Still, the media chooses to disregard all of the previous research, as well as the countless personal accounts of people who ejaculate, and declare “IT IS PEE! IT’S PISS! It’s essentially adult bed-wetting!” They use horribly negative language to portray what so many people consider to be an amazing, natural part of their sexuality. They also ignore the part of the study that I find most interesting– that all seven women reported that their squirting was partner dependent, and that in six of seven women, it was only possible after manual g-spot stimulation. Regardless of where their squirt comes from or what it’s made of, there’s obviously something more complicated going on here than just “peeing during sex.”

Which leads me to my own experience with ejaculation and how I know that ejaculation is not pee. When I squirt, I am not peeing. First off, it took me months to learn to stimulate my g-spot and learn to ejaculate. I wanted to do it, but it didn’t happen until I was not only stimulating my g-spot in the right way, but also relaxed and confident in my ability to do it. If it was “just pissing during sex,” I think it would’ve come much easier than that, and I’d be able to go it without g-spot stimulation. It also does not look, smell, or taste like pee. Most importantly, it does not feel like peeing. It feels like ejaculating.

So this just happened…

A photo posted by Penny (@pennysblog) on

Before I ejaculated for the first time, I wasn’t exactly convinced that squirting wasn’t pee. But I was interested in trying out a new experience, and I decided if I did pee during orgasm, so be it–I am not squicked out by bodily fluids. When I was first exploring my g-spot, the sensations I felt did remind me of the feeling of having to pee, which makes sense because the g-spot surrounds the urethral canal. But now that I’m familiar with my g-spot and the sensations I feel when it’s stimulated, I can easily distinguish between the two feelings: needing to pee and needing to ejaculate. If I’ve drank too much water and start having sex or masturbating, I know when I need to go pee, and I get up and go pee. If my g-spot is being stimulated by fingers, a toy, or a penis, and I feel the power of my arousal growing with stimulation and pressure to my g-spot to the point where I need a release–I know I need to ejaculate. They are two separate, distinct feelings and experiences.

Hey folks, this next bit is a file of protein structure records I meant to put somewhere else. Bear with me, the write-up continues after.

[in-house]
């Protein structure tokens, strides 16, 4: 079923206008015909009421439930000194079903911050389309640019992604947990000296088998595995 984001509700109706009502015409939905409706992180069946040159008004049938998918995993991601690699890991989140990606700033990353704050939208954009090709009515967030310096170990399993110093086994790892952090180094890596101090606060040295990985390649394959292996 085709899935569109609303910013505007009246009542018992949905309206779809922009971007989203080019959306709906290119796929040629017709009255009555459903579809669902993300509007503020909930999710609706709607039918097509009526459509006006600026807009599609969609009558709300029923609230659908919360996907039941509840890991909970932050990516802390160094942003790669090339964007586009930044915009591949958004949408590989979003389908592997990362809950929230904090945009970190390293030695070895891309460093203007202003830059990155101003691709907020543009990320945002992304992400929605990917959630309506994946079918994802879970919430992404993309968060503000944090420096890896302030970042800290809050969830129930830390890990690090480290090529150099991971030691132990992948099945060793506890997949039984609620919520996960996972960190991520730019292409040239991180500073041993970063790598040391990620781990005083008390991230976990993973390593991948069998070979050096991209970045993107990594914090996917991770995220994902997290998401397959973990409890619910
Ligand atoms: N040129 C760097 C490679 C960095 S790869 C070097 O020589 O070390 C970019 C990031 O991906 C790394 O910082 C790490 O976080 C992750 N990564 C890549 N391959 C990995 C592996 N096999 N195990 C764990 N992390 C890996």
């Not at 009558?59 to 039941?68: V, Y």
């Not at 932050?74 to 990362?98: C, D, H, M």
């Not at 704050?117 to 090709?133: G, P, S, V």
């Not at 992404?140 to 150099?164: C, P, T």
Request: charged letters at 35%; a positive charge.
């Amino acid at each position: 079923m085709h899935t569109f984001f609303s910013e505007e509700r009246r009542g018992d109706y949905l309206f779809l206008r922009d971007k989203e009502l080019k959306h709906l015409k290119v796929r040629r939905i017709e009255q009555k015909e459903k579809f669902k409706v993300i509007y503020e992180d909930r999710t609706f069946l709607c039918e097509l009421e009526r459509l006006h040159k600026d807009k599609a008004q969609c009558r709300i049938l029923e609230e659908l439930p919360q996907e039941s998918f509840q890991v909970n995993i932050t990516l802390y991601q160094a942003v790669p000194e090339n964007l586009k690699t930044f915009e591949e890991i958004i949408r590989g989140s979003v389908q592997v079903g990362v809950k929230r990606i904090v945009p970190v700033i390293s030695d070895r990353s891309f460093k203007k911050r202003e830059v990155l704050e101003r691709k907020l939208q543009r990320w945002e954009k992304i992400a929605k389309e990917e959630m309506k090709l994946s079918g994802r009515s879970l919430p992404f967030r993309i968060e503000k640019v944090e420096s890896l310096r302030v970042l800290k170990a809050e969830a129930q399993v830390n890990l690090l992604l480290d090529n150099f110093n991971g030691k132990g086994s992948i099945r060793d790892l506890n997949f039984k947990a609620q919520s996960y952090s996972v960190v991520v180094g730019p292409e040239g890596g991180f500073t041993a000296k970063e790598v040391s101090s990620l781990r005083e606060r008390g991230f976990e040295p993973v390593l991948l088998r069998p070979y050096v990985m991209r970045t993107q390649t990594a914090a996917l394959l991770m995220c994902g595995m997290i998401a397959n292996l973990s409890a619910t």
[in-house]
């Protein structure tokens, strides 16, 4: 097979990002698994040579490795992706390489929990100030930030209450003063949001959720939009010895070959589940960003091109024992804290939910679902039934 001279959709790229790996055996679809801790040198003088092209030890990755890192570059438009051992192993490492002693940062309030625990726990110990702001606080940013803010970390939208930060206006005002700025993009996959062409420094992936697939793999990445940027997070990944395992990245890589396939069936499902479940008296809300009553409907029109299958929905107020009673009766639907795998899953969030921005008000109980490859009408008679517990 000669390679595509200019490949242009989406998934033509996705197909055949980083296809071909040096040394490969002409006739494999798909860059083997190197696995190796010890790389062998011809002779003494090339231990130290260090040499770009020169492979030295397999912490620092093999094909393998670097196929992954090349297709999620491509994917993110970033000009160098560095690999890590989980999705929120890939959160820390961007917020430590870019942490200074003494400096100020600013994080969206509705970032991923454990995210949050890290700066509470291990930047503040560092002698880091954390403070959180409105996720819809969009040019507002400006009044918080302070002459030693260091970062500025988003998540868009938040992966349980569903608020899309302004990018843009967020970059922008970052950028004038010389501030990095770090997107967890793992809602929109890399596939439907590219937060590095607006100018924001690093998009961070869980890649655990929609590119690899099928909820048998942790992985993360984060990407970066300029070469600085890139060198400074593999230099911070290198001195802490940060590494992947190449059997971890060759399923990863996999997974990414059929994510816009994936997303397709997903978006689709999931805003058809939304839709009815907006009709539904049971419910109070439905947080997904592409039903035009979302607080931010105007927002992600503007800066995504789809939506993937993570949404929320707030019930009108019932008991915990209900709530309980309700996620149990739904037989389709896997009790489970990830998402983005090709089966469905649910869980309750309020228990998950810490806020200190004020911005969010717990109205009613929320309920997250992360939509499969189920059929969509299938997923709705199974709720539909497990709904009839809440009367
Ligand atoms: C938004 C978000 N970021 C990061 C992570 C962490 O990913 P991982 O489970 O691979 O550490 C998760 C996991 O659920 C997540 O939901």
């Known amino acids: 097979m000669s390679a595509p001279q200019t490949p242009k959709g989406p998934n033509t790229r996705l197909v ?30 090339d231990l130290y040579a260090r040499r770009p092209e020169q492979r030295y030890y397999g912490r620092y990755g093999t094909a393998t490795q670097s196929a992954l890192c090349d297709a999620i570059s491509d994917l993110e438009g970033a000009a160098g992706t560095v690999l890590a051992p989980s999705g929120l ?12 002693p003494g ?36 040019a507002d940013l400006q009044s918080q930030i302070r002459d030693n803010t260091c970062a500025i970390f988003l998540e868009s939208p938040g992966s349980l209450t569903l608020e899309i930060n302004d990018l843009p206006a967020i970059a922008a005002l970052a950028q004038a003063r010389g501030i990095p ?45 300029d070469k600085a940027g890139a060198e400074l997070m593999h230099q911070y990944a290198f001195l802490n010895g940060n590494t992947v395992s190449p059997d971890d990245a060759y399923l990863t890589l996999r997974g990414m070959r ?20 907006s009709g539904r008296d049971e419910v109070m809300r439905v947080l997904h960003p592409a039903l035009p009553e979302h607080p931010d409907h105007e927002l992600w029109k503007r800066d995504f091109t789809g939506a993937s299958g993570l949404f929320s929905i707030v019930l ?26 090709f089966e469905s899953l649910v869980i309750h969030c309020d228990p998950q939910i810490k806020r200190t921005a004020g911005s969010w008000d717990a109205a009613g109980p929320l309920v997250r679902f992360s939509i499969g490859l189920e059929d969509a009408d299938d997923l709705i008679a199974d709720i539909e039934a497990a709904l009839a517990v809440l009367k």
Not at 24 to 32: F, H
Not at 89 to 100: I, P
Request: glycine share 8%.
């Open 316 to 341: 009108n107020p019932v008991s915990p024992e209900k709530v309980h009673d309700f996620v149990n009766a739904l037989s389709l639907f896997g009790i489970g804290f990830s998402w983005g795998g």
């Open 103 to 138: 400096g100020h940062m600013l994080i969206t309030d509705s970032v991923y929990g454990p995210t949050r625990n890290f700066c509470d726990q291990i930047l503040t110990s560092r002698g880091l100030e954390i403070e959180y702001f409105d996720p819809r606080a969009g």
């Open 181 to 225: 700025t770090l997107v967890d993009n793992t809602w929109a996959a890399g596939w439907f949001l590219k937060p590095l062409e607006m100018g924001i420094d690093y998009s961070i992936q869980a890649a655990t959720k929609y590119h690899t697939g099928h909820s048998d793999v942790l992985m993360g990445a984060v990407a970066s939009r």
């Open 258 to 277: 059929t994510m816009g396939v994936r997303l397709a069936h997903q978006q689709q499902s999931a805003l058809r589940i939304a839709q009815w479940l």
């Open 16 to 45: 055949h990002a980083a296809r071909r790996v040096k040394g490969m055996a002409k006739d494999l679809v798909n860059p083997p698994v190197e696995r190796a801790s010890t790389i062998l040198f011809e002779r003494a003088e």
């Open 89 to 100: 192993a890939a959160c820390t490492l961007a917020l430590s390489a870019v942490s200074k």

My ejaculation varies–sometimes I can easily ejaculate while other times I can’t, but that’s not surprising, since the amount/ability to ejaculate depends on where you are in your menstrual cycle, as does its smell and taste (like with vaginal lubrication.) Obviously, it also depends on my mood, my arousal, and whether or not I want to make a mess that day.

I can control whether or not I ejaculate (so it’s definitely not “orgasmic incontinence.)” There have been a few times when I felt it was extremely urgent and perhaps I couldn’t have stopped it (read: uncontrollable, mind-blowing orgasms) but in general, I can control if and when I do it. Sometimes I choose not to, depending on the situation. It also does not always coincide with my orgasm. Sometimes it does, but sometimes I can squirt, then orgasm, then squirt some more…etc. I think it often enhances my g-spot orgasms, but I can also have g-spot orgasms without squirting. Men/people with penises too can learn to separate ejaculation from orgasm, so this isn’t surprising. It also isn’t surprising that for some women it isn’t controllable, as it isn’t controllable for many men. How we orgasm and ejaculate obviously varies.

I’d also like to point out that there is nothing wrong with urinal incontinence, or peeing during sex play, but I am asserting that squirting is a different experience and should not be labeled as “peeing during sex.”

For the people who say, what’s the big deal, why are you getting so upset? It’s just science. Science is objective–no, science is influenced by culture, and science has historically ignored or even vilified female sexuality. Let’s not forget that not long ago, scientists thought that our wombs wandered about in our bodies, creating hysteria–a “disease” that could only be cured by stimulation of women’s sex organs by a doctor. Let’s not forget that in the past, scientists left blank spots on diagrams of women’s anatomy or did not understand its full capacity.

Sensationalizing biased, misinformed, and inconclusive studies is not harmless–it is destructive. In her Vagaculation workshop last year, Diana J. Torres talked about how young women she met in Spain had had their prostates (g-spots) removed unnecessarily because doctors mistook their ejaculation for incontinence. The female prostate is an integral part of vaginal sexual anatomy, and to have it removed (and therefore also the potential for g-spot/orgasmic pleasure) due to misinformation and negative views of squirting is horrifying.